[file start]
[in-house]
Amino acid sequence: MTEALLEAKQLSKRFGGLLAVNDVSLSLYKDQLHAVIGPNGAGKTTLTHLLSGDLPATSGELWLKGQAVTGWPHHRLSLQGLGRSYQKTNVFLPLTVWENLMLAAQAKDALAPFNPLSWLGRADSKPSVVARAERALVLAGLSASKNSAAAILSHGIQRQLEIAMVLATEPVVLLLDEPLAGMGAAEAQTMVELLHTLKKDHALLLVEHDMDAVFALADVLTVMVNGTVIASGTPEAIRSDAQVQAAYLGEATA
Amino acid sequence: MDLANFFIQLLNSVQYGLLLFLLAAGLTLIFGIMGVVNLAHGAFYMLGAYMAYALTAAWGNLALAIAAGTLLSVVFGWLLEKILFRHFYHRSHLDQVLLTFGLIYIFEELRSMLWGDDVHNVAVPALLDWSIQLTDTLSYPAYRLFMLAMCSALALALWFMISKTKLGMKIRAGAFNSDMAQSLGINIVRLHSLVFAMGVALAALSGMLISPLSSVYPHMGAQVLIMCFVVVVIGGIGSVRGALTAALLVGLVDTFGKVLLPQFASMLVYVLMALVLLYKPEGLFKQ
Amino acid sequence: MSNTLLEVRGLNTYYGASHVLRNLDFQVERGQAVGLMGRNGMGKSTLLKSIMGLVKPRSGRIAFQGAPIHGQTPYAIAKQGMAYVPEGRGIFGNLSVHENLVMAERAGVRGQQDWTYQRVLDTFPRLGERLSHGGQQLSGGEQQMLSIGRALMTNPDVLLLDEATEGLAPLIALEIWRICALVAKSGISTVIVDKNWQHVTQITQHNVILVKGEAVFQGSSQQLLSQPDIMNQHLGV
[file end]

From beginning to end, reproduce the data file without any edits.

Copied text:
[in-house]
Amino acid sequence: MTEALLEAKQLSKRFGGLLAVNDVSLSLYKDQLHAVIGPNGAGKTTLTHLLSGDLPATSGELWLKGQAVTGWPHHRLSLQGLGRSYQKTNVFLPLTVWENLMLAAQAKDALAPFNPLSWLGRADSKPSVVARAERALVLAGLSASKNSAAAILSHGIQRQLEIAMVLATEPVVLLLDEPLAGMGAAEAQTMVELLHTLKKDHALLLVEHDMDAVFALADVLTVMVNGTVIASGTPEAIRSDAQVQAAYLGEATA
Amino acid sequence: MDLANFFIQLLNSVQYGLLLFLLAAGLTLIFGIMGVVNLAHGAFYMLGAYMAYALTAAWGNLALAIAAGTLLSVVFGWLLEKILFRHFYHRSHLDQVLLTFGLIYIFEELRSMLWGDDVHNVAVPALLDWSIQLTDTLSYPAYRLFMLAMCSALALALWFMISKTKLGMKIRAGAFNSDMAQSLGINIVRLHSLVFAMGVALAALSGMLISPLSSVYPHMGAQVLIMCFVVVVIGGIGSVRGALTAALLVGLVDTFGKVLLPQFASMLVYVLMALVLLYKPEGLFKQ
Amino acid sequence: MSNTLLEVRGLNTYYGASHVLRNLDFQVERGQAVGLMGRNGMGKSTLLKSIMGLVKPRSGRIAFQGAPIHGQTPYAIAKQGMAYVPEGRGIFGNLSVHENLVMAERAGVRGQQDWTYQRVLDTFPRLGERLSHGGQQLSGGEQQMLSIGRALMTNPDVLLLDEATEGLAPLIALEIWRICALVAKSGISTVIVDKNWQHVTQITQHNVILVKGEAVFQGSSQQLLSQPDIMNQHLGV